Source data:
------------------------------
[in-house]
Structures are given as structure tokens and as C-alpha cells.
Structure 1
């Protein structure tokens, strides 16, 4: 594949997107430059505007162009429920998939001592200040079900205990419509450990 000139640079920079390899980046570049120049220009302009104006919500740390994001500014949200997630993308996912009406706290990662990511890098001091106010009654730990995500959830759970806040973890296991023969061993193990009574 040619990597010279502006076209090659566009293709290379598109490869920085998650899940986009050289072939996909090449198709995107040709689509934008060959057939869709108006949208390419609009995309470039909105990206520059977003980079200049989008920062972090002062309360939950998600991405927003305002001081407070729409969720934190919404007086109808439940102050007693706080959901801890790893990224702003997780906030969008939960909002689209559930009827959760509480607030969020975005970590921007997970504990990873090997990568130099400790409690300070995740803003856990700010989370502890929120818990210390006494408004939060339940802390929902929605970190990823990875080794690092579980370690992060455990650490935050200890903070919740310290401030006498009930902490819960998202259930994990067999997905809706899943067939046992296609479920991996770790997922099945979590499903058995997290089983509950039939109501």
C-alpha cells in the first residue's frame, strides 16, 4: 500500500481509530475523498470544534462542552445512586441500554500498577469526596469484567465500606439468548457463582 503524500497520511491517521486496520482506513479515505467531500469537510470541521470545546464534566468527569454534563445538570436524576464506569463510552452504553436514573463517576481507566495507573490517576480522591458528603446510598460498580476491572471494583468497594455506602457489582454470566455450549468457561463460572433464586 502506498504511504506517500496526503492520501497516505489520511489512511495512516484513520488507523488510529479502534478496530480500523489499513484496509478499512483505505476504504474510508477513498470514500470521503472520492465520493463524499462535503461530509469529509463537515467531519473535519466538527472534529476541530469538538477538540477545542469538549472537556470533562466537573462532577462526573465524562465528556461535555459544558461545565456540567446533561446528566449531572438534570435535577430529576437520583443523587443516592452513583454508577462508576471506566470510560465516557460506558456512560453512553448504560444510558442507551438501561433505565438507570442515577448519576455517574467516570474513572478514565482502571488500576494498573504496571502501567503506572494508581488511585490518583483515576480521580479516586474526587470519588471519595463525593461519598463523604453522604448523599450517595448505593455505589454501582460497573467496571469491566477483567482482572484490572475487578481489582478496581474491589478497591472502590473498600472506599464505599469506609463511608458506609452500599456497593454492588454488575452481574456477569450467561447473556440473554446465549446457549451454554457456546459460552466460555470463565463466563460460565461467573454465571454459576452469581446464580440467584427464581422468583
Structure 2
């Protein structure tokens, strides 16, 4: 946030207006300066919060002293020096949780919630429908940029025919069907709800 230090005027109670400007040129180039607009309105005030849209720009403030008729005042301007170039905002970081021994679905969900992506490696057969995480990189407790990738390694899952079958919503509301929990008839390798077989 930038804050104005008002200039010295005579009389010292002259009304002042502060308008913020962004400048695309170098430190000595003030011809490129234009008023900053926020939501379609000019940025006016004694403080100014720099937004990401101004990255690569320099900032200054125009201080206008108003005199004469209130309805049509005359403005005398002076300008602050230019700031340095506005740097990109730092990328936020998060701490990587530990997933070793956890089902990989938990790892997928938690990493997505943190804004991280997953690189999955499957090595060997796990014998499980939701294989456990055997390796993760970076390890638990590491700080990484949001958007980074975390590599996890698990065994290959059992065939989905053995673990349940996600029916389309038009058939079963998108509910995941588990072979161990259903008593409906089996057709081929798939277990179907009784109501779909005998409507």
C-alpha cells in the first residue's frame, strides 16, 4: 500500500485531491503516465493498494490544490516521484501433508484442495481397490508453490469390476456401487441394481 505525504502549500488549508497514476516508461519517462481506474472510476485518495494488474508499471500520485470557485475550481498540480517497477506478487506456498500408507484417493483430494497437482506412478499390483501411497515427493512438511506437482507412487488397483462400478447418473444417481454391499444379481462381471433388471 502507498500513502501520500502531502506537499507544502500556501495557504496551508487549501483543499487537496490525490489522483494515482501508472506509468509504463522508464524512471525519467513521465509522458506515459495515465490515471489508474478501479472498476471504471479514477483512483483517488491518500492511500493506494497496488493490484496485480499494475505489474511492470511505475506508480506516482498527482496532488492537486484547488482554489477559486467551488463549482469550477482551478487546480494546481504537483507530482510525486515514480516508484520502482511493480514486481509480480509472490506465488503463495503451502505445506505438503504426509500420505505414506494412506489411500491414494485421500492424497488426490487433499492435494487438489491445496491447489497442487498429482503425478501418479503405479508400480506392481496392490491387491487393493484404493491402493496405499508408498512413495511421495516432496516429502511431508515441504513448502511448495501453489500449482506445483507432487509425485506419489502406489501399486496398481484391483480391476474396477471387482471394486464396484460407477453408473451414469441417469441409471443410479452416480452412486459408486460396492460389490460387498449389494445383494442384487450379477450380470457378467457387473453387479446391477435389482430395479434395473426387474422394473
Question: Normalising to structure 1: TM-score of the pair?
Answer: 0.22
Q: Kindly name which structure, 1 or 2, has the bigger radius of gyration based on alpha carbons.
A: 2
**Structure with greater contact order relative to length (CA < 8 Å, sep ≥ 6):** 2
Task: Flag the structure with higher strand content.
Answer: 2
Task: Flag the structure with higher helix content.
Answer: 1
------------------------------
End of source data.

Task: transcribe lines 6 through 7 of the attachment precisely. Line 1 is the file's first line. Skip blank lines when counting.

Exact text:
Structure 2
């Protein structure tokens, strides 16, 4: 946030207006300066919060002293020096949780919630429908940029025919069907709800 230090005027109670400007040129180039607009309105005030849209720009403030008729005042301007170039905002970081021994679905969900992506490696057969995480990189407790990738390694899952079958919503509301929990008839390798077989 930038804050104005008002200039010295005579009389010292002259009304002042502060308008913020962004400048695309170098430190000595003030011809490129234009008023900053926020939501379609000019940025006016004694403080100014720099937004990401101004990255690569320099900032200054125009201080206008108003005199004469209130309805049509005359403005005398002076300008602050230019700031340095506005740097990109730092990328936020998060701490990587530990997933070793956890089902990989938990790892997928938690990493997505943190804004991280997953690189999955499957090595060997796990014998499980939701294989456990055997390796993760970076390890638990590491700080990484949001958007980074975390590599996890698990065994290959059992065939989905053995673990349940996600029916389309038009058939079963998108509910995941588990072979161990259903008593409906089996057709081929798939277990179907009784109501779909005998409507």